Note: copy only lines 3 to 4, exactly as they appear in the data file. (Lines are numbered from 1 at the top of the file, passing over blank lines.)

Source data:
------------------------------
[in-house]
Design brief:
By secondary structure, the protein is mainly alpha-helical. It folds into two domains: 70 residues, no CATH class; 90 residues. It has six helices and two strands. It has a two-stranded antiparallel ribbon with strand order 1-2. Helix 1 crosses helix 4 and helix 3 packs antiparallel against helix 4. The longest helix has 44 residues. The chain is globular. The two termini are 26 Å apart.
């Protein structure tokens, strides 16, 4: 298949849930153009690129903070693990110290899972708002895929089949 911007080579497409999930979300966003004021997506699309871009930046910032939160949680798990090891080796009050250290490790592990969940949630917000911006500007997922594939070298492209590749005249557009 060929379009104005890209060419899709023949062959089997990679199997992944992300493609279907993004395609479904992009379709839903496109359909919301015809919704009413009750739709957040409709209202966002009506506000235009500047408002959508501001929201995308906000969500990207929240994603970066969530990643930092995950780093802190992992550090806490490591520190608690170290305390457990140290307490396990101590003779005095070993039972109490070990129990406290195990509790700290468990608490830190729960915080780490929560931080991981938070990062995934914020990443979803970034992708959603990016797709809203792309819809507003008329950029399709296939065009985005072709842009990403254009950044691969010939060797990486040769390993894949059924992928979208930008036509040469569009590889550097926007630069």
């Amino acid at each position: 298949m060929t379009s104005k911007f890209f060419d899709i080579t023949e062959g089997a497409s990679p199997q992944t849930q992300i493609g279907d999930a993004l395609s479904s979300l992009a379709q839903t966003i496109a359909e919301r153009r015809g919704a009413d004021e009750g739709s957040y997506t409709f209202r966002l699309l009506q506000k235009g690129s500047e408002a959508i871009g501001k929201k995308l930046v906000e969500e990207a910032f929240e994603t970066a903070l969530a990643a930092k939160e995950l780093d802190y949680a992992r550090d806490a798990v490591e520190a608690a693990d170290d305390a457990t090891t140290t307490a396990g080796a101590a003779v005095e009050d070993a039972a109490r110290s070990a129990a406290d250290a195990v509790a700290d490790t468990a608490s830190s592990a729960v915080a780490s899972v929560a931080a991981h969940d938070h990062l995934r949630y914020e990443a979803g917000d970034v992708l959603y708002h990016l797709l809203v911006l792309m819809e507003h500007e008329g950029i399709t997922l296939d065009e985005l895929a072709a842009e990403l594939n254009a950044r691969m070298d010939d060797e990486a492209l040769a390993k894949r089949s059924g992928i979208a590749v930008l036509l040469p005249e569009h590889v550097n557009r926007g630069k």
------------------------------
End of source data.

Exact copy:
By secondary structure, the protein is mainly alpha-helical. It folds into two domains: 70 residues, no CATH class; 90 residues. It has six helices and two strands. It has a two-stranded antiparallel ribbon with strand order 1-2. Helix 1 crosses helix 4 and helix 3 packs antiparallel against helix 4. The longest helix has 44 residues. The chain is globular. The two termini are 26 Å apart.
């Protein structure tokens, strides 16, 4: 298949849930153009690129903070693990110290899972708002895929089949 911007080579497409999930979300966003004021997506699309871009930046910032939160949680798990090891080796009050250290490790592990969940949630917000911006500007997922594939070298492209590749005249557009 060929379009104005890209060419899709023949062959089997990679199997992944992300493609279907993004395609479904992009379709839903496109359909919301015809919704009413009750739709957040409709209202966002009506506000235009500047408002959508501001929201995308906000969500990207929240994603970066969530990643930092995950780093802190992992550090806490490591520190608690170290305390457990140290307490396990101590003779005095070993039972109490070990129990406290195990509790700290468990608490830190729960915080780490929560931080991981938070990062995934914020990443979803970034992708959603990016797709809203792309819809507003008329950029399709296939065009985005072709842009990403254009950044691969010939060797990486040769390993894949059924992928979208930008036509040469569009590889550097926007630069």